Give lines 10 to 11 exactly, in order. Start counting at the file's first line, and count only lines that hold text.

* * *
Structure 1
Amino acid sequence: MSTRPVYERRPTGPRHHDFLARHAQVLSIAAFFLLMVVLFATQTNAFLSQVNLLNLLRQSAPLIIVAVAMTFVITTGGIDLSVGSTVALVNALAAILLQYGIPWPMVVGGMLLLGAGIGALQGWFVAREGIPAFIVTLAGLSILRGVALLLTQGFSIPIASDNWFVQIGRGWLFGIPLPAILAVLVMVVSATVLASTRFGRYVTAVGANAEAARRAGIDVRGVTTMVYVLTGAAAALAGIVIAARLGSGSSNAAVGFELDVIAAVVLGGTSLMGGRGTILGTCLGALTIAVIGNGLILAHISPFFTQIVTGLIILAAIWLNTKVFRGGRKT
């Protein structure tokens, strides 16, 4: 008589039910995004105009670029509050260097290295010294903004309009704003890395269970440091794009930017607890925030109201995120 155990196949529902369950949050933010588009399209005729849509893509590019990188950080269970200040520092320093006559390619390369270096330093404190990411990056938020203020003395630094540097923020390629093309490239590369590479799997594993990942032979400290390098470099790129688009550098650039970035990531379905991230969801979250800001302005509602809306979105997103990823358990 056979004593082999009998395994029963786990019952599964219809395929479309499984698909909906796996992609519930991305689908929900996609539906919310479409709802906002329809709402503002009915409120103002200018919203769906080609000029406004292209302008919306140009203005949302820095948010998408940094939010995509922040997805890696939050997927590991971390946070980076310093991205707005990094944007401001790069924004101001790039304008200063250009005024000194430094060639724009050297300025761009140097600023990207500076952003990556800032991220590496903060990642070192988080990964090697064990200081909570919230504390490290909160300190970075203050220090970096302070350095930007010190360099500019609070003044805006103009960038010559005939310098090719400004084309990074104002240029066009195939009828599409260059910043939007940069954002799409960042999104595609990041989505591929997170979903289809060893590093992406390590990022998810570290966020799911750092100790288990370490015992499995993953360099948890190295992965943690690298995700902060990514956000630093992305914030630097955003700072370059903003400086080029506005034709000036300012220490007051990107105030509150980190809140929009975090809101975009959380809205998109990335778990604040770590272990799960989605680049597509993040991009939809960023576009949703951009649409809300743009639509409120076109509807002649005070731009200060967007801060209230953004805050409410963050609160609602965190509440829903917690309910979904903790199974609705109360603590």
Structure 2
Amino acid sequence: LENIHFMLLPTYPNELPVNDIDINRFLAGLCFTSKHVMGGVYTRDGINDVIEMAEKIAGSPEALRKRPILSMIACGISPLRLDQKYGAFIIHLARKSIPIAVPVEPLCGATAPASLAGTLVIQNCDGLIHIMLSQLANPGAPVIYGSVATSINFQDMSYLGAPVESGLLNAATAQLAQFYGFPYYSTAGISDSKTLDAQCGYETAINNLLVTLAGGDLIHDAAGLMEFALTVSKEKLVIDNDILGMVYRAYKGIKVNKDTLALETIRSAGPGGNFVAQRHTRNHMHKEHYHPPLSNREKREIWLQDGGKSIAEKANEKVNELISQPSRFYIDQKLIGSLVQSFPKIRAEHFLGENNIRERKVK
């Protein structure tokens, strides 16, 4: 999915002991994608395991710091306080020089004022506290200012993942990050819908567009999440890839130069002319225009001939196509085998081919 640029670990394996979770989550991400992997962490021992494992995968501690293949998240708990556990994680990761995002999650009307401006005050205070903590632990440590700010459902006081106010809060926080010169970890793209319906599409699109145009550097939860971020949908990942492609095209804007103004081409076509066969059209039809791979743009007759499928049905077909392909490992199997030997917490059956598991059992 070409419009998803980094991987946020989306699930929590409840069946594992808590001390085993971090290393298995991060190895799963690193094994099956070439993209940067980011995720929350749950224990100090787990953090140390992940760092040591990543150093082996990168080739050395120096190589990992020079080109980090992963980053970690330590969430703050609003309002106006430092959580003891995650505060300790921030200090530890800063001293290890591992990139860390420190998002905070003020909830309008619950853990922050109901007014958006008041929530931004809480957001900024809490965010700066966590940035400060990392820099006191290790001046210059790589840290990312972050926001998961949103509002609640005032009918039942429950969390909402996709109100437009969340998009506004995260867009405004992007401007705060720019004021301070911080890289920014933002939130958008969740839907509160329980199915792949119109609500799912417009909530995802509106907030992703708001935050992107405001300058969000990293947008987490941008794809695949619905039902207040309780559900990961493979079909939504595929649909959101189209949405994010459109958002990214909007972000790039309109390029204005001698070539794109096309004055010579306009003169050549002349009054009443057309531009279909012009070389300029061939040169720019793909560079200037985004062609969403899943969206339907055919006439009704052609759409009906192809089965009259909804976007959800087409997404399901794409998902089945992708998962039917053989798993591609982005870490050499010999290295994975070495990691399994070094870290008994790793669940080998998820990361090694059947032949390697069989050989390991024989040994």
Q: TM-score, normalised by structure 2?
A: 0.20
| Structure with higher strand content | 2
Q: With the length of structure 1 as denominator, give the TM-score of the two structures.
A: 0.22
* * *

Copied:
Q: With the length of structure 1 as denominator, give the TM-score of the two structures.
A: 0.22